realization that while biophysical, anatomical, and physiological data are necessary to understand the brain, they are, unfortunately, not sufficient."
What distinguishes the collection of models and systems called neural networks from "the enchanted loom" of neurons in the human brain? (Pioneer neuroscientist Sir Charles Sherrington coined this elegant metaphor a century ago.) That pivotal question will not be answered with one global discovery, but rather by the steady accumulation of experimental revelations and the theoretical insights they suggest.
Koch exemplifies the computational neuroscientist. Trained as a physicist as opposed to an experimental neurobiologist, he might be found at his computer keyboard creating code, in the laboratory prodding analog very-large-scale integrated (VLSI) chips mimicking part of the nerve tissue, or sitting at his desk devising schema and diagrams to explain how the brain might work. He addressed the Frontiers symposium on the topic "Visual Motion: From Computational Analysis to Neural Networks and Perception," and described to his assembled colleagues some of the "theories and experiments I believe crucial for understanding how information is processed within the nervous system." His enthusiasm was manifest and his speculations about how the brain might work provocative: ''What is most exciting about this field is that it is highly interdisciplinary, involving areas as diverse as mathematics, physics, computer science, biophysics, neurophysiology, psychophysics, and psychology. The Holy Grail is to understand how we perceive and act in this world—in other words, to try to understand our brains and our minds."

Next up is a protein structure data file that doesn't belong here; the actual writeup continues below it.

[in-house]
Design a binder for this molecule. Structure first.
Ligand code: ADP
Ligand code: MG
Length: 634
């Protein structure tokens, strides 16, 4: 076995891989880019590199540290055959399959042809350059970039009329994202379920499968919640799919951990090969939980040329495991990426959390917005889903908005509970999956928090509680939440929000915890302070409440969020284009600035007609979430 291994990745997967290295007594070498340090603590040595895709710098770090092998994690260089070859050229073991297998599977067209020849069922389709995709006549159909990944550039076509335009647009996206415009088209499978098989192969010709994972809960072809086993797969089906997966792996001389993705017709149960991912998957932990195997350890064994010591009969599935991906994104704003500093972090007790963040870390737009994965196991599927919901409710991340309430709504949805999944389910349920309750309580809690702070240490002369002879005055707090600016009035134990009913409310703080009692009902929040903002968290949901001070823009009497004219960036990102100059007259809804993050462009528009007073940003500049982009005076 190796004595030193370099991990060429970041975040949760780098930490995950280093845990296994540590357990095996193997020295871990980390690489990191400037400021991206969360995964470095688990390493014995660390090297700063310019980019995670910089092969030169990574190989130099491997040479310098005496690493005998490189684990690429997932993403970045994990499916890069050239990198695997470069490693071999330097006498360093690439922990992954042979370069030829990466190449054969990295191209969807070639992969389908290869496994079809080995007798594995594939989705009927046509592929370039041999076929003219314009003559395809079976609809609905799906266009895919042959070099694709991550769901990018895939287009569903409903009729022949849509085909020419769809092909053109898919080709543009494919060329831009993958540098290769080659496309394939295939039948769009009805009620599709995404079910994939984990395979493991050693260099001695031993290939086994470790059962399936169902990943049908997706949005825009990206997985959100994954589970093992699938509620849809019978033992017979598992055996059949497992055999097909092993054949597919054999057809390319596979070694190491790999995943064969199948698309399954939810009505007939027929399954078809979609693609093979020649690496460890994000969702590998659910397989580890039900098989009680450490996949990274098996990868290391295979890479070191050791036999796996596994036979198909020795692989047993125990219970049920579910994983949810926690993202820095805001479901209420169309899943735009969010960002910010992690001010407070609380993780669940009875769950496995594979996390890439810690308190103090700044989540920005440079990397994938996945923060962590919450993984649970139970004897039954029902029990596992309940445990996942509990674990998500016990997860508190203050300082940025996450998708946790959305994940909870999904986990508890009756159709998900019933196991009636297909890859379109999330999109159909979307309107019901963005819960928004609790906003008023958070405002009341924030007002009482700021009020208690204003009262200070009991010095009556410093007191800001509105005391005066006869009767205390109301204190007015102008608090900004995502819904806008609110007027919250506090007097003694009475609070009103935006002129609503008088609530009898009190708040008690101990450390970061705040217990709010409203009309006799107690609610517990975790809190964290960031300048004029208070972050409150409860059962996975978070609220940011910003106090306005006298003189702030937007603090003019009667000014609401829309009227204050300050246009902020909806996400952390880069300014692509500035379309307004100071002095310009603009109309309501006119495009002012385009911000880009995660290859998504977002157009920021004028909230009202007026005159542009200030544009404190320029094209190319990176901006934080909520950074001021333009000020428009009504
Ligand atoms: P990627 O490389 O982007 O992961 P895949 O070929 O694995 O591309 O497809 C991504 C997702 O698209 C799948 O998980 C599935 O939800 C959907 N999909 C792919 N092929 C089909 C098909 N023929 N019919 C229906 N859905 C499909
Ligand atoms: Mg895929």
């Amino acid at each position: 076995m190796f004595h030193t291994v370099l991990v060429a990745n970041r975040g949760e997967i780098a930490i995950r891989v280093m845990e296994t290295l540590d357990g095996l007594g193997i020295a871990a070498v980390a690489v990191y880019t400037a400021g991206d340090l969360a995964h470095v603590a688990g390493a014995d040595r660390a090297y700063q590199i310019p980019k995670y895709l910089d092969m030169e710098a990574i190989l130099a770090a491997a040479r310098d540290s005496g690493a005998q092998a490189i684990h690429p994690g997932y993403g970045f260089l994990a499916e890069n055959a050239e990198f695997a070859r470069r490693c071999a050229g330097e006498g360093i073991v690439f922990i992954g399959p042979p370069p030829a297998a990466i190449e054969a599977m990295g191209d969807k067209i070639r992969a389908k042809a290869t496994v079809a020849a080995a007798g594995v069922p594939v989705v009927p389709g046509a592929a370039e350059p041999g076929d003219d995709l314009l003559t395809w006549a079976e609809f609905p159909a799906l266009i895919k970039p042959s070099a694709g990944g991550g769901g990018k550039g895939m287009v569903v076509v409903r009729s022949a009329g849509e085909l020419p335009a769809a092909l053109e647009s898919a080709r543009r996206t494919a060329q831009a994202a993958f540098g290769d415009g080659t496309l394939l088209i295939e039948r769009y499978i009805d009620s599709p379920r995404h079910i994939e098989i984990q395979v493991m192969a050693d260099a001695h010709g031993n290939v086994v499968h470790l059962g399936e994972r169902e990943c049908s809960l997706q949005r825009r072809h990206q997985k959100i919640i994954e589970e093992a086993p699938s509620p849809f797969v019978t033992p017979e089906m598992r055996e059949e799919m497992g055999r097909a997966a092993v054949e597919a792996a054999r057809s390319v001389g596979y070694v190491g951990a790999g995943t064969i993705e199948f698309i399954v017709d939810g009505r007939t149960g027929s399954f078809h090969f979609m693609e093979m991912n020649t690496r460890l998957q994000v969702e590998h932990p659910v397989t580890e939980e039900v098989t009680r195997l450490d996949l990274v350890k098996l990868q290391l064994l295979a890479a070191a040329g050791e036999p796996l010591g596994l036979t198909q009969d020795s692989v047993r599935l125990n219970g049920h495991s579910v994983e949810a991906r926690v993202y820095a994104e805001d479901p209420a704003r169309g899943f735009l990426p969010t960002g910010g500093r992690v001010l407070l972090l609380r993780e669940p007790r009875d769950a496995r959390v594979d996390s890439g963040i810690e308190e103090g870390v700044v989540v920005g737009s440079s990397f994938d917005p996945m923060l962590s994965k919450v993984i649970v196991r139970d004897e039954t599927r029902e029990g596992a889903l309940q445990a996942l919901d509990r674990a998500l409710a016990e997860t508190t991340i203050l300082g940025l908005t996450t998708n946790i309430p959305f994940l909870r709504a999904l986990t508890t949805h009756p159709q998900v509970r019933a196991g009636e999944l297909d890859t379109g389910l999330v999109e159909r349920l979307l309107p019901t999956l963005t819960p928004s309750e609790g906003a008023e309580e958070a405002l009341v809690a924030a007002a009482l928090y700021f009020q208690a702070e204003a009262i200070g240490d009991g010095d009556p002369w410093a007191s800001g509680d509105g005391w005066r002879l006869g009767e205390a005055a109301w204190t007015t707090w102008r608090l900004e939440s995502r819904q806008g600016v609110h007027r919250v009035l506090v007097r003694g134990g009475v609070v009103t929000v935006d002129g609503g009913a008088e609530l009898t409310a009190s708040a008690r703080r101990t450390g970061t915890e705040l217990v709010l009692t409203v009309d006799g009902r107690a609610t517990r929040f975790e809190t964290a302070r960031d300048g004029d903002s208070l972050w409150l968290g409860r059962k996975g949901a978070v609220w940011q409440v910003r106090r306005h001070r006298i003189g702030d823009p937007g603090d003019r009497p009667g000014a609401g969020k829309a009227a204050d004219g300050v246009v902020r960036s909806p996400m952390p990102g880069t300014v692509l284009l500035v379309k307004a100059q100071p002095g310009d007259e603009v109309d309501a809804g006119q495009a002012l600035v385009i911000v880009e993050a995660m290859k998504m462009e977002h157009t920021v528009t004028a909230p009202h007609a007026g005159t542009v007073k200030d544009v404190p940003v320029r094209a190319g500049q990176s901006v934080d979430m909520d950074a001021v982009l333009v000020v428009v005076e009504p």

Among those who have taken up the quest are the scientists who gathered for the Frontiers symposium session on neural networks, most of whom share a background of exploring the brain by looking at the visual system. Terrence Sejnowski, an investigator with the Howard Hughes Medical Institute at the Salk Institute and University of California, San Diego, has worked on several pioneering neural networks and has also explored many of the complexities of human vision. Shimon Ullman at the Massachusetts Institute of Technology concentrates on deciphering the computations used by the visual system to solve the problems of vision. He wrote an early treatise on the subject over a decade ago and worked with one of the pioneers in the field, David Marr. He uses computers in the search but stated his firm belief that such techniques need to "take into account the known psychological and biological data." Anatomists, physiologists, and other neuroscientists have developed a broad body of knowledge about how the brain is wired together with its interconnected neu-